You can explain what the relationship is like, how it started, why it doesn’t end, and the work you do to get along. Or instead you could write yourself a pep talk for how you will approach your next interaction in this relationship. Maybe you’ll want to describe all the different ways this relationship has changed over time, or explain why you have this relationship even though it gives you so much trouble.

If you can’t think of what to write about, doodle or draw until an idea comes to you.

Once the page is full, go back over your work and make small changes if you would like. Continue to add color or illustration if you want to.

Be sure to give your work a title and write the date on it, too.

Here is an example of what someone could write.

You can share your work by posting it as a comment below. You can type it in, or take a photo of it and upload the image.


Nancy Casey has lived in Latah County for many years. You can find more of her work here. She occasionally teaches a Write-For-You class at the Recovery Center and offers free online writing coaching for people in recovery. For information contact Nancy or the Latah Recovery Center.

 

 

New Season Ahead!

by Nancy Casey

We have just finished a string of cold, wet, overcast days. The coming forecast promises blue skies and sunshine. It’s going to get hot. Gradually, we’re entering a new season.

Does it feel like the beginning of summer to you? What comes into your mind when you imagine the summer ahead?

As you set up your page, let your mind ramble on the idea of the summer season which stretches before you.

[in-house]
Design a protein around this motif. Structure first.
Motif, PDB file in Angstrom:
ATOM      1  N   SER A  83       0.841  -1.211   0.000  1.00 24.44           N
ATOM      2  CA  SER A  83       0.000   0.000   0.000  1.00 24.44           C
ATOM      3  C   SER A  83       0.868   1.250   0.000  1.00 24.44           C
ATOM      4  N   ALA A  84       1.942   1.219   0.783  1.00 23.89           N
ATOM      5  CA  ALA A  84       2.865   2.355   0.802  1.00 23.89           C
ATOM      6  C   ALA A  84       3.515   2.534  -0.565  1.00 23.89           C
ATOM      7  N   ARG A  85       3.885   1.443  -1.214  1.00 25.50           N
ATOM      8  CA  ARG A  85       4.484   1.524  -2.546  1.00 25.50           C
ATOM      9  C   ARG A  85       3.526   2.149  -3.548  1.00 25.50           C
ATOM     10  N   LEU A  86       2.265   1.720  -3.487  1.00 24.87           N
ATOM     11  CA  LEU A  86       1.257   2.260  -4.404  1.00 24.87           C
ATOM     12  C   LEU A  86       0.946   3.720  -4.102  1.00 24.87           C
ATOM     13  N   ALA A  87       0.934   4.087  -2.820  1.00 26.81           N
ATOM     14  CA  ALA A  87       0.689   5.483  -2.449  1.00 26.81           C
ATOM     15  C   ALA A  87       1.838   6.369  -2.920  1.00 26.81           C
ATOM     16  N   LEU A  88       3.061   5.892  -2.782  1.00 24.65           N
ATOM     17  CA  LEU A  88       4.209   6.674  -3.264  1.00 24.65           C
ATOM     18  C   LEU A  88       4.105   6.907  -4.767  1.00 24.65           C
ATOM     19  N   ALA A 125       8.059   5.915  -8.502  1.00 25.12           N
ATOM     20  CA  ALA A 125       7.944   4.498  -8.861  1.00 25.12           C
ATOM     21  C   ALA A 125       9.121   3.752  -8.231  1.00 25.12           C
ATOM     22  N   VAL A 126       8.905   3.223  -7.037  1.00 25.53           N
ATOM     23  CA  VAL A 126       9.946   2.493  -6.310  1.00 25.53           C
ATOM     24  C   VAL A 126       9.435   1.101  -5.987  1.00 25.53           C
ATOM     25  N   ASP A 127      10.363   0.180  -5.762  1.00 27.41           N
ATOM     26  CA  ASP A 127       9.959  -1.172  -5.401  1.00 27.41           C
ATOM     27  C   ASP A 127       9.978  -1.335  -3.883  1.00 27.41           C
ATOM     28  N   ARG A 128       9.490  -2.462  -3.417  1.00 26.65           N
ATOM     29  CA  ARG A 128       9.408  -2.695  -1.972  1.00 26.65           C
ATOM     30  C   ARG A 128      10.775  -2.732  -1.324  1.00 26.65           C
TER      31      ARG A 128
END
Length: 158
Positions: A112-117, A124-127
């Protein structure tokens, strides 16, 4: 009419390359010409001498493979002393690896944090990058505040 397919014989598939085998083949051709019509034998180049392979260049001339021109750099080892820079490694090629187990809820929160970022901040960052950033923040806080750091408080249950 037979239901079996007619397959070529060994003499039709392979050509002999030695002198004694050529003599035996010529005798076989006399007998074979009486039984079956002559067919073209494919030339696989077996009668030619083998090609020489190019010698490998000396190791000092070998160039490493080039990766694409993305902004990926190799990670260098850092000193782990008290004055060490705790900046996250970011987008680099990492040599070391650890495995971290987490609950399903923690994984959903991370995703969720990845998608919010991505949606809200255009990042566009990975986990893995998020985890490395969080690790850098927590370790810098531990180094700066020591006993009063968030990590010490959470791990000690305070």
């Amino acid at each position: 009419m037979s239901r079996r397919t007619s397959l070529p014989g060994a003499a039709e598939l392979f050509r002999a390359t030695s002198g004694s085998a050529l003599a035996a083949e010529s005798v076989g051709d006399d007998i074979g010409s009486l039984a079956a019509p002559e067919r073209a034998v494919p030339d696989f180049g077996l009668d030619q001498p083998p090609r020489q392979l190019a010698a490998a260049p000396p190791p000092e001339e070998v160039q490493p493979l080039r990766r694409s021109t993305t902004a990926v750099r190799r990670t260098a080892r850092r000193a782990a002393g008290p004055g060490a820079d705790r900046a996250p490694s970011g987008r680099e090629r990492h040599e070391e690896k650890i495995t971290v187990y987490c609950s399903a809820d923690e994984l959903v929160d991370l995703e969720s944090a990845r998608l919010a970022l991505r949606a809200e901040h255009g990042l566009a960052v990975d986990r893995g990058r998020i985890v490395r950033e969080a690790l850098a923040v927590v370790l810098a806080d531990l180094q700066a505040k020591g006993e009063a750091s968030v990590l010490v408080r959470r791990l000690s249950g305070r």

Summer isn’t just about weather. Summer clothes and summer shoes might pop into your mind. Or hair styles. Chores and activities. Fantasy plans. Foods and allergies. People. How one summer can be different from another. What you are and aren’t looking forward to.

Draw a line at the top where the title will go, and mark off some space that you can use for doodling and illustration. At the very bottom of the page, draw a rectangle that’s about an inch high and as wide as the page.

Write about the summer that is stretching ahead. You could write sentences that begin with, “I hope…” or “I’ll wear…” or “On Wednesdays…” Write whatever comes to your mind from thinking about the coming summer.

When your mind goes blank for writing, draw or doodle in the illustration space. Go back to writing whenever a thought you could write down pops into your mind. Go back and forth with writing and illustration until the page is full. But leave the rectangle at the bottom completely empty.

When you are satisfied with all of the drawing and writing on the page, direct your attention to the blank rectangle. That’s the space reserved for the unexpected. Because something unexpected always happens. All sorts of things that you can’t predict are going to present themselves to you this summer.

Decorate all around the edge of the rectangle somehow. As you do so, remind yourself that for better or for worse, along with everything you are pretty sure will happen, things you didn’t expect will also pop into your life over the summer.

When you have finished decorating all around the edges of the rectangle, you’ll probably be about as ready for the unexpected as you can get.

Be sure to give your work a title and write the date on it, too.

Here is an example of what someone could write.

You can share your work by posting it as a comment below. You can type it in, or take a photo of it and upload the image.


Nancy Casey has lived in Latah County for many years. You can find more of her work here. She occasionally teaches a Write-For-You class at the Recovery Center and offers free online writing coaching for people in recovery. For information contact Nancy or the Latah Recovery Center.